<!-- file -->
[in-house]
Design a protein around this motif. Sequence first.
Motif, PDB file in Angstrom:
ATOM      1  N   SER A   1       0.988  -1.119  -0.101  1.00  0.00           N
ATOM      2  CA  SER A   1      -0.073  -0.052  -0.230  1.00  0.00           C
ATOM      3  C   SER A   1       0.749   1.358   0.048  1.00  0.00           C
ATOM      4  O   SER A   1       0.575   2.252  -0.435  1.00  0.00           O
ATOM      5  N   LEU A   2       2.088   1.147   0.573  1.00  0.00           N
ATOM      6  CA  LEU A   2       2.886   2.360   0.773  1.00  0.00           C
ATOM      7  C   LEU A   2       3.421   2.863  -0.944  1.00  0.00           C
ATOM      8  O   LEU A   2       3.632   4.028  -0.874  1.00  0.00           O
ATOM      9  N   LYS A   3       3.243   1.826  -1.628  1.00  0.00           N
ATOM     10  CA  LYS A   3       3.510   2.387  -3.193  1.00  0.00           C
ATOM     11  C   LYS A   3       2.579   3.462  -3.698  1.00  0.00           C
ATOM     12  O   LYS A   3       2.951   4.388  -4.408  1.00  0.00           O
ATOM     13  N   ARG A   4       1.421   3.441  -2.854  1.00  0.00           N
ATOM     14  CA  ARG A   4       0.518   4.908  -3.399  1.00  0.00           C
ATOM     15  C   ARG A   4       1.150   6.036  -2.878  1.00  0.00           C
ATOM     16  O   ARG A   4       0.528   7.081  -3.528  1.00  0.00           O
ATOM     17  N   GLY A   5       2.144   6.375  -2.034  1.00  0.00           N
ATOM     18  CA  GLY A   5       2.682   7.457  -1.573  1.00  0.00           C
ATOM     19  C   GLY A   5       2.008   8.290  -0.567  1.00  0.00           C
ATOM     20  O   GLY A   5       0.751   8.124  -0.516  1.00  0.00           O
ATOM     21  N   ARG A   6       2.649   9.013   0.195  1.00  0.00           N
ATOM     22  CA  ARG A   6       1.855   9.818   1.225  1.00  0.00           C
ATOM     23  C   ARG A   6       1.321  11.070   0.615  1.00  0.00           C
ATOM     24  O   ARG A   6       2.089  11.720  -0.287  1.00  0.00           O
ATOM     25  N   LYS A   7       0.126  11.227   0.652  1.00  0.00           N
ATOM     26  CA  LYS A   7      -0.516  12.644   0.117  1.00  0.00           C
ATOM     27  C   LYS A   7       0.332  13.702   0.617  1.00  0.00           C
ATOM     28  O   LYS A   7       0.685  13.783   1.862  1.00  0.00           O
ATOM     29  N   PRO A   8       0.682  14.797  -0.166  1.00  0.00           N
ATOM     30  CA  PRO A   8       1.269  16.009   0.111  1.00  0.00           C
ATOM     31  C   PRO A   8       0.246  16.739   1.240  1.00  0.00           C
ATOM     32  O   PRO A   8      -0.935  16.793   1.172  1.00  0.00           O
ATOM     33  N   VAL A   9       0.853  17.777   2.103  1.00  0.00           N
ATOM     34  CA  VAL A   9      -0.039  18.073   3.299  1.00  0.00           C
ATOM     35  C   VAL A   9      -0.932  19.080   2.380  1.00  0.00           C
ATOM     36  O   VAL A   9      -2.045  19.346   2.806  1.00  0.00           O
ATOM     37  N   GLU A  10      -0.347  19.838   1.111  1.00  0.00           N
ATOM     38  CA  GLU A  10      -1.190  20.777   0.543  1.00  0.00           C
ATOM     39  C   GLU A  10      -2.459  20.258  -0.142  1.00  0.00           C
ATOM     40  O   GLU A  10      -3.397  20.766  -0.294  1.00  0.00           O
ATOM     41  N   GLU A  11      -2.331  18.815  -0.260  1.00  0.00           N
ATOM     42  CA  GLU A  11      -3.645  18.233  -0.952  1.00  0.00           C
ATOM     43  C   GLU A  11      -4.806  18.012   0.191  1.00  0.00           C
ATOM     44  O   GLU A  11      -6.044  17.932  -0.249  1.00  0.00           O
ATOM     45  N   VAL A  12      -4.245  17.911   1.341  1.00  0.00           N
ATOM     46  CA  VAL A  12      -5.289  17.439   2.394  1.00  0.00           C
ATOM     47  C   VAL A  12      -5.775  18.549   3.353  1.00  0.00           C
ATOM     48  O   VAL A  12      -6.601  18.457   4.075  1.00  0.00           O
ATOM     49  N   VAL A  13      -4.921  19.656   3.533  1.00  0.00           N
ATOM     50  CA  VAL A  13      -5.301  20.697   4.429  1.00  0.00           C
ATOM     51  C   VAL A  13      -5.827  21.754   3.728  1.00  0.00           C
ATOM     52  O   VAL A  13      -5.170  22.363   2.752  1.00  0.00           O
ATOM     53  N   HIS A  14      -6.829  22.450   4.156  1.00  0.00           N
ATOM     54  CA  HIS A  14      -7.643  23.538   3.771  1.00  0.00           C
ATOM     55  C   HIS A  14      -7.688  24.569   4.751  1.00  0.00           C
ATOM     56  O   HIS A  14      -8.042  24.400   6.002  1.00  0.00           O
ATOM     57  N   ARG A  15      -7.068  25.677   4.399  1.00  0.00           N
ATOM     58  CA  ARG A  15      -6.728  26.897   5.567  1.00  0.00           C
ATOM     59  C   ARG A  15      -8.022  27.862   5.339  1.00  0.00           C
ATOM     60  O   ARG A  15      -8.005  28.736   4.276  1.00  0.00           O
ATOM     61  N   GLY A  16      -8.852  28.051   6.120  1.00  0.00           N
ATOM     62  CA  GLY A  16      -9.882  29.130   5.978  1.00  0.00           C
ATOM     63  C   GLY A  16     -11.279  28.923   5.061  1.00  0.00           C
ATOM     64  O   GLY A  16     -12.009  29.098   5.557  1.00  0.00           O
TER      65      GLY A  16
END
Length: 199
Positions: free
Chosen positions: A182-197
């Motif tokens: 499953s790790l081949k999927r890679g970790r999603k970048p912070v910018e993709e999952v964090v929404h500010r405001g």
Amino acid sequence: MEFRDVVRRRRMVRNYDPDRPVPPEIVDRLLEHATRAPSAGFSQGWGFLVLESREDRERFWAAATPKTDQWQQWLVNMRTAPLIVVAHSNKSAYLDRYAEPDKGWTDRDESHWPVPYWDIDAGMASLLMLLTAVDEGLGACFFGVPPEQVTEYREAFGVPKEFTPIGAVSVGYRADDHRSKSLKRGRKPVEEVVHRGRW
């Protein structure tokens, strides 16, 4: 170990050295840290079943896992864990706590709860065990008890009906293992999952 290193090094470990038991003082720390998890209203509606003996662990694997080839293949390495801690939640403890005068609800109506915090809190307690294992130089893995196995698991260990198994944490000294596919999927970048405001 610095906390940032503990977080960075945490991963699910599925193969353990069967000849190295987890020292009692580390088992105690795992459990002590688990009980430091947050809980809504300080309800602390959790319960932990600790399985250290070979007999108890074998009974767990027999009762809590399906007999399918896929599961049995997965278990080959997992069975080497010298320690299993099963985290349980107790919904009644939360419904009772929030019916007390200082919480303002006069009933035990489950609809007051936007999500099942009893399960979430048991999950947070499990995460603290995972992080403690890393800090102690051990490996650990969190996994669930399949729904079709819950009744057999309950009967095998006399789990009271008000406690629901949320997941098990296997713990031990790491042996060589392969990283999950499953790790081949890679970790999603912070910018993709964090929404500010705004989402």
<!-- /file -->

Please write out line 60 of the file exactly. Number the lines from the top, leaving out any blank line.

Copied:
ATOM     57  N   ARG A  15      -7.068  25.677   4.399  1.00  0.00           N